Friday lab mornings before the pandemic were long and fun for everyone. This was the day for layout and designing the printed paper. We’d have donuts, pizza, laughs and many frustrations, but we worked as a team and learned how to collaborate and understand how the industry works.

We had deadlines. The paper had to be done by the end of the day and sent to the Desert Sun for print how I missed that! And worse, I felt even sadder knowing our new students joining in the fall wouldn’t get the full face-to-face experience in the newsroom.

I had many thoughts to think about when the spring semester ended. With Espinoza, the former editor passing on her title to me, I knew I had big shoes to fill.

The fall 2020 semester came, I was ready to give it my all, and I sure did. Being in charge during the coronavirus pandemic was not an easy task, but I managed to help my teammates emotionally and mentally during intense times.

I communicated with my team full-heartedly. I made sure that their work mattered and was appreciated. I let them come up with ideas for stories even though it was tough reporting about our college since the campus was shut down. Finding people to interview and stories to write about was difficult. Getting photos was even more of a challenge.

I reminded them when stories needed to be finished, I was strict yet joyous to them when I needed to be, and what was important for me as their leader was to make sure they felt valued, loved and accepted in our team.

I needed to make sure our new students would stay in The Chaparral because every one of them survived 2020 and pushed through during the whole pandemic without giving up. Yes, there were tough days, some more than others, but there were also joyful times in our Zoom meetings. We stayed connected.

The Chaparral class has three sections. The J004A students come in as new writers and reporters, the J004B students are section editors and the J004C students are the management team.

I loved how I could focus on our website and have our new students learn with the managers. We have created a strong website with various stories this semester. I am grateful the college shared many of our stories on COD’s social media sites. We got noticed campus-side.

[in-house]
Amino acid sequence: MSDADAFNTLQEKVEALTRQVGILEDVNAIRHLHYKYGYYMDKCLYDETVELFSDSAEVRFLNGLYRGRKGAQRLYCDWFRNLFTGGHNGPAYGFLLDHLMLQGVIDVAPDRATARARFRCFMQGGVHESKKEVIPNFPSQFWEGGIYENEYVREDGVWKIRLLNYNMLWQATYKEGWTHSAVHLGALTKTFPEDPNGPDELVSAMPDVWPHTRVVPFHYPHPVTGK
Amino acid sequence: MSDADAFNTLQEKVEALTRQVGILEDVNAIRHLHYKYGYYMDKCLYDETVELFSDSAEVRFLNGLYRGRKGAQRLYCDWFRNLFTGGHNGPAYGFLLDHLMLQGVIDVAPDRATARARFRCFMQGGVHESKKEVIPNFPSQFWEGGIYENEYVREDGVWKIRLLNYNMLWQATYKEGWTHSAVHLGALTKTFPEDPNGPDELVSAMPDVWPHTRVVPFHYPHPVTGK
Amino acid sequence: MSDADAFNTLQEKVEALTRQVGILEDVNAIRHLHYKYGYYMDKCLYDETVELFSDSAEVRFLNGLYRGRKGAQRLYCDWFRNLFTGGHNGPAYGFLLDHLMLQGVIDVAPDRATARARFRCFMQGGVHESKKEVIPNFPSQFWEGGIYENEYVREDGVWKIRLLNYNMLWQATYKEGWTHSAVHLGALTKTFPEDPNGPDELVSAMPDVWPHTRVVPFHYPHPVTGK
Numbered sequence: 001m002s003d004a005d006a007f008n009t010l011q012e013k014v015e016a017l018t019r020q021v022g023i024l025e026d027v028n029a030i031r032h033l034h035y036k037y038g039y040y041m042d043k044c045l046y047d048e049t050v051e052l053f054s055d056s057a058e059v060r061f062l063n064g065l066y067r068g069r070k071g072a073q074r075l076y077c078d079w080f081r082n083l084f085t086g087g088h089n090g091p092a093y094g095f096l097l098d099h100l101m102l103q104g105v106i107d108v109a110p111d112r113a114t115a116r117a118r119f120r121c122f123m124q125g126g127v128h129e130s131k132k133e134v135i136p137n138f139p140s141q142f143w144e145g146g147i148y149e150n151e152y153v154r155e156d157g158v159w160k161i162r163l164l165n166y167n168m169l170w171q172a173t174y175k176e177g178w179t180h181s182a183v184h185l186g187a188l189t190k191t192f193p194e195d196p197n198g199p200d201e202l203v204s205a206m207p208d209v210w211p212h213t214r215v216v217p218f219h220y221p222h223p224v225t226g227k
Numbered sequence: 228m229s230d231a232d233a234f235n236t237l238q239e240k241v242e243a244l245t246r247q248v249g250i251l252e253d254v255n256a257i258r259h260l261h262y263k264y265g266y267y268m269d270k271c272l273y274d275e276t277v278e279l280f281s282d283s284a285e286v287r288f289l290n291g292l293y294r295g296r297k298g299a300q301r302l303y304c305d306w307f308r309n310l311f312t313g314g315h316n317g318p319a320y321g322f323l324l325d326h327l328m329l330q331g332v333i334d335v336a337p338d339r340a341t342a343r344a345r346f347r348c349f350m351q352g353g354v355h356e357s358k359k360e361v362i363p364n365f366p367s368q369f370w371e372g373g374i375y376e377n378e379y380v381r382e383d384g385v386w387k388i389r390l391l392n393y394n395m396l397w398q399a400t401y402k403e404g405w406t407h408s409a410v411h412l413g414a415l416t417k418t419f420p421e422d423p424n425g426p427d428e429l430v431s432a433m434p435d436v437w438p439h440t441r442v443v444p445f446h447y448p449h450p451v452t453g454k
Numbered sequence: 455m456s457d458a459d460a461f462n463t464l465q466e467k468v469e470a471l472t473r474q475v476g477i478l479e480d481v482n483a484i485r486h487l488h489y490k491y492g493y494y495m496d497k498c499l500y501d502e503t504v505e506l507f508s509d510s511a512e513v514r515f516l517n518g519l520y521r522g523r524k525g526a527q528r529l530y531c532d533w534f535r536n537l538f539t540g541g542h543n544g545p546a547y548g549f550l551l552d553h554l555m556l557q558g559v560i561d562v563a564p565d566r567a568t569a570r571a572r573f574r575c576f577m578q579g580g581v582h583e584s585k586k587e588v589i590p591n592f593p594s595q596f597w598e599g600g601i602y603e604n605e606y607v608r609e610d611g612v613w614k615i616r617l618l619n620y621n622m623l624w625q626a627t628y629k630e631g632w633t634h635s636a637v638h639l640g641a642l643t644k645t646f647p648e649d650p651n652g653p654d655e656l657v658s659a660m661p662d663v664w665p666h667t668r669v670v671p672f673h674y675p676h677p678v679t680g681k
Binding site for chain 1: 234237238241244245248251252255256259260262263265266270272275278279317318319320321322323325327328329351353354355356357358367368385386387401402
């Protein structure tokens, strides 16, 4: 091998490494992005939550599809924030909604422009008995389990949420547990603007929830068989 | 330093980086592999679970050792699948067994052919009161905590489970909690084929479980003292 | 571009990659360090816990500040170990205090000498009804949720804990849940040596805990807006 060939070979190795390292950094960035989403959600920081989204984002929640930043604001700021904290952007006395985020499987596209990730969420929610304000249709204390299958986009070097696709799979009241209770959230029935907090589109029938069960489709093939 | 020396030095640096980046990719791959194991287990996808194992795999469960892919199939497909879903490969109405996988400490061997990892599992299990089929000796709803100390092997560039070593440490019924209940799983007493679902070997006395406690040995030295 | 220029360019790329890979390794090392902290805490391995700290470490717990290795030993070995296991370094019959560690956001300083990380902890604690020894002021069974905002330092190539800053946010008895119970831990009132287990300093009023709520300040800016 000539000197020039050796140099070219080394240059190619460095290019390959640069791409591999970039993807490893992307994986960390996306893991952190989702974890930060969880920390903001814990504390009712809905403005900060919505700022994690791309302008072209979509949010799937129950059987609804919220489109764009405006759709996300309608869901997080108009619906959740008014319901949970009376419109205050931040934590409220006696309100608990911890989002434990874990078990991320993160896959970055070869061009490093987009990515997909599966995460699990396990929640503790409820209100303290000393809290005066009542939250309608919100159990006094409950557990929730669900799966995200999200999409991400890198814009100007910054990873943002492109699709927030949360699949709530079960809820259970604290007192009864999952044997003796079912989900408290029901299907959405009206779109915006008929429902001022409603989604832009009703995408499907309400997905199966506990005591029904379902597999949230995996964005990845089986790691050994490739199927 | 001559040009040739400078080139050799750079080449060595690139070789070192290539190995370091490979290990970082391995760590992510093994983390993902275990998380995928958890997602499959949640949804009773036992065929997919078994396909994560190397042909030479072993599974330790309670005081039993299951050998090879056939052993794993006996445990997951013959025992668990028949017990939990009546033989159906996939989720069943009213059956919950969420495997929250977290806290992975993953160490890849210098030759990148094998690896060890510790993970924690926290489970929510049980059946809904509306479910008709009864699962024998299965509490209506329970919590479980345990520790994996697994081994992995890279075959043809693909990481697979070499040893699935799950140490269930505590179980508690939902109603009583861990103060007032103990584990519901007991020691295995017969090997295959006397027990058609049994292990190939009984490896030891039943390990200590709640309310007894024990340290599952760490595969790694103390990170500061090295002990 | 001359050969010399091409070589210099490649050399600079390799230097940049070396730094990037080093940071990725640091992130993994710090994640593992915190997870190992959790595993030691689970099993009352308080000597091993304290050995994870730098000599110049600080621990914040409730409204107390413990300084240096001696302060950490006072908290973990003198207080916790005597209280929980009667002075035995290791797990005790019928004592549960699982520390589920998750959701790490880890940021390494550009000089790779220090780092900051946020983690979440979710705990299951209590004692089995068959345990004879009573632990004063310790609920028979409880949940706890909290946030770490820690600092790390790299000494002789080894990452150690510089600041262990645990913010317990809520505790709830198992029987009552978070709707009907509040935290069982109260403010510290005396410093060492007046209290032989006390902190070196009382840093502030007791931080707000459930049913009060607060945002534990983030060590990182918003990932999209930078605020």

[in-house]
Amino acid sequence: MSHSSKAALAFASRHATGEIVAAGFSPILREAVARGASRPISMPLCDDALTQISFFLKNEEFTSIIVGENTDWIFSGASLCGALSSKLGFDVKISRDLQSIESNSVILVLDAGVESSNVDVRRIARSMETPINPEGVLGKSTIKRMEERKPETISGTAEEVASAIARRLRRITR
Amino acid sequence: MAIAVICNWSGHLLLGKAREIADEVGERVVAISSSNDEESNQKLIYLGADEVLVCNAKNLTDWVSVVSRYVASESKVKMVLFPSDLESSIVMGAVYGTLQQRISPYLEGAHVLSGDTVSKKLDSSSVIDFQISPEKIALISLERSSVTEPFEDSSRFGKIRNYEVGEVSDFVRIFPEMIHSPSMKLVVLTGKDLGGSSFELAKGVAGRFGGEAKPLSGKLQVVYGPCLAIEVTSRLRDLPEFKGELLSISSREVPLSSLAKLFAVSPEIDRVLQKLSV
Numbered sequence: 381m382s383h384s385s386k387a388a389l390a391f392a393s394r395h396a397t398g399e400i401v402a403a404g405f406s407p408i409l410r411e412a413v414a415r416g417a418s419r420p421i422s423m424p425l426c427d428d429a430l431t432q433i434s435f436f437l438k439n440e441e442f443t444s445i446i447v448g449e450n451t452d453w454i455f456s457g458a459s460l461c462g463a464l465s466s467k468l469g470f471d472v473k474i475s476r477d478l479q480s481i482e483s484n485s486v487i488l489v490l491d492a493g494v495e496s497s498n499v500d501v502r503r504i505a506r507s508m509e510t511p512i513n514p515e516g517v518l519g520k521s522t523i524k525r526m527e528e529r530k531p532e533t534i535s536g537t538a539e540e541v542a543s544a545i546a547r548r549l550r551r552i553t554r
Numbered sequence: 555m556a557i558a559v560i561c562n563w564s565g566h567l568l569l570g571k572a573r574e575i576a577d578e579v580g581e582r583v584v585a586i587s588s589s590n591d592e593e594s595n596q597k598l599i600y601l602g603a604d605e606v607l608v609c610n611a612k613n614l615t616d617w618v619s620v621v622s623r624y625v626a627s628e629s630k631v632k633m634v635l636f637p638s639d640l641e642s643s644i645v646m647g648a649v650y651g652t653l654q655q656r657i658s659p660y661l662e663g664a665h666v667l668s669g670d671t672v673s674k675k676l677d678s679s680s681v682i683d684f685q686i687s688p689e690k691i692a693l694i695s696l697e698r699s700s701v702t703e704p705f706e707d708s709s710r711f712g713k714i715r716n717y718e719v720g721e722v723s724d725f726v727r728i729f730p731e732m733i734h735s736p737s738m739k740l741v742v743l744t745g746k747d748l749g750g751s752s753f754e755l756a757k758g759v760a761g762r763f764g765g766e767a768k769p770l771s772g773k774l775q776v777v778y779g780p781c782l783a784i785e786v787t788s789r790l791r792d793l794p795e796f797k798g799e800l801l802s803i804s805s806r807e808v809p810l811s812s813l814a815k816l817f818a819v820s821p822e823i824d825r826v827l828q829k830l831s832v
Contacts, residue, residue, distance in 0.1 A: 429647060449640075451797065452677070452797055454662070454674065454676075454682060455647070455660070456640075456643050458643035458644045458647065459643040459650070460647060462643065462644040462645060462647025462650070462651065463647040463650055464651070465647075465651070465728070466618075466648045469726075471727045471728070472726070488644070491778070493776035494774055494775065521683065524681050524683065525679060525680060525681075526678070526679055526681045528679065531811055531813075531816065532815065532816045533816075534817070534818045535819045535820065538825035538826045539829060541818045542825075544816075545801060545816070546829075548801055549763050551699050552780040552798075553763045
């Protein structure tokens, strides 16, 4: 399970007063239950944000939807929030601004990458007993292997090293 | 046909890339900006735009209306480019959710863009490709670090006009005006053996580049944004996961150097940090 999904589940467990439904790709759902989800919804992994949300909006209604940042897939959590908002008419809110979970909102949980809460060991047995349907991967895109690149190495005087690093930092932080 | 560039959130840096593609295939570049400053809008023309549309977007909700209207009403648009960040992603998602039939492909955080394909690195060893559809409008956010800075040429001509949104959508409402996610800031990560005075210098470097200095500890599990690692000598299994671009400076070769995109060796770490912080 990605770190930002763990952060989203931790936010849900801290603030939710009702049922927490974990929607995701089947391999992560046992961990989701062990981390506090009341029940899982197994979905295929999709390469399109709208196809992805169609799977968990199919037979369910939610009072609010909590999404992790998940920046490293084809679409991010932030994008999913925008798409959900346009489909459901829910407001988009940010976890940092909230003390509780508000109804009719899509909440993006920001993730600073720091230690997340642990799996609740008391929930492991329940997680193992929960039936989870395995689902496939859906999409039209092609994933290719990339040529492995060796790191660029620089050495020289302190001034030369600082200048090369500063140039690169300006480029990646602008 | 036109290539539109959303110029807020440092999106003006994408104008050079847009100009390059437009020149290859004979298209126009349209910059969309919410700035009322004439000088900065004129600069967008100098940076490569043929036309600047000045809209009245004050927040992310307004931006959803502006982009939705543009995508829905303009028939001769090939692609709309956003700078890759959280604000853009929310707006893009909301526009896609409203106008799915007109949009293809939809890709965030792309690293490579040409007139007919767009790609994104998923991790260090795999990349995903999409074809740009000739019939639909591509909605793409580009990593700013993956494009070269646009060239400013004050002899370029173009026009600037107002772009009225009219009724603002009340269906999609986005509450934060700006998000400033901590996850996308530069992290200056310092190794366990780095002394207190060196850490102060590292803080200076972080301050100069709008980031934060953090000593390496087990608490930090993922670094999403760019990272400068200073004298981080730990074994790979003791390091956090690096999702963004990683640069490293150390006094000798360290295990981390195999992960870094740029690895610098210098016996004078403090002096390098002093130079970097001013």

I am blessed to know professor Jackson and the editor before me Melissa Espinoza who led the team. Thank you, professor, for your smile, inspiring attitude, devotion and love towards your students and The Chaparral. You have been a wonderful professor who I will never forget, and one of my beloved mentors.

I want to thank KCOD’s broadcast consultant Steve Kelly, who I missed seeing during the semester, for always giving us new ideas, bringing us donuts on lab days and being super helpful to our team in the past. I want to thank Alex Zatarain for being patient with us and teaching us more about multi-media usage and WordPress during the pandemic.

Thank you to our digital editor Omar Romero for always checking the little details on making our online newspaper better. Thank you, Julio Camacho, for being the sports editor who endured a tough injury this semester but still wrote stories.

Thank you, Yaelin Ramirez and Sarah Andrade for working hard as staff reporters. Thank you for the fundamental research, meeting deadlines and for producing quality writing.

I want to thank Trisha Valdez, who will be The Chaparral’s copy editor spring of 2021, for taking the title of social media editor in the fall, showing care for The Chaparral and delivering great stories. Lastly, I want to thank Andrew Yzaguirre for his work, humor and silly personality. He always made us laugh. Yzaguirre will be taking the role of editor-in-chief for the spring of 2021 semester.

Yzaguirre is a great writer, a hard worker and has good ideas he hopes to implement in the spring. I leave The Chaparral in his hands, and with him and Valdez taking the lead, I know The Chaparral’s future will be bright.

I will miss The Chaparral and the entire team dearly. Thank you for the journey and the opportunity to learn and lead.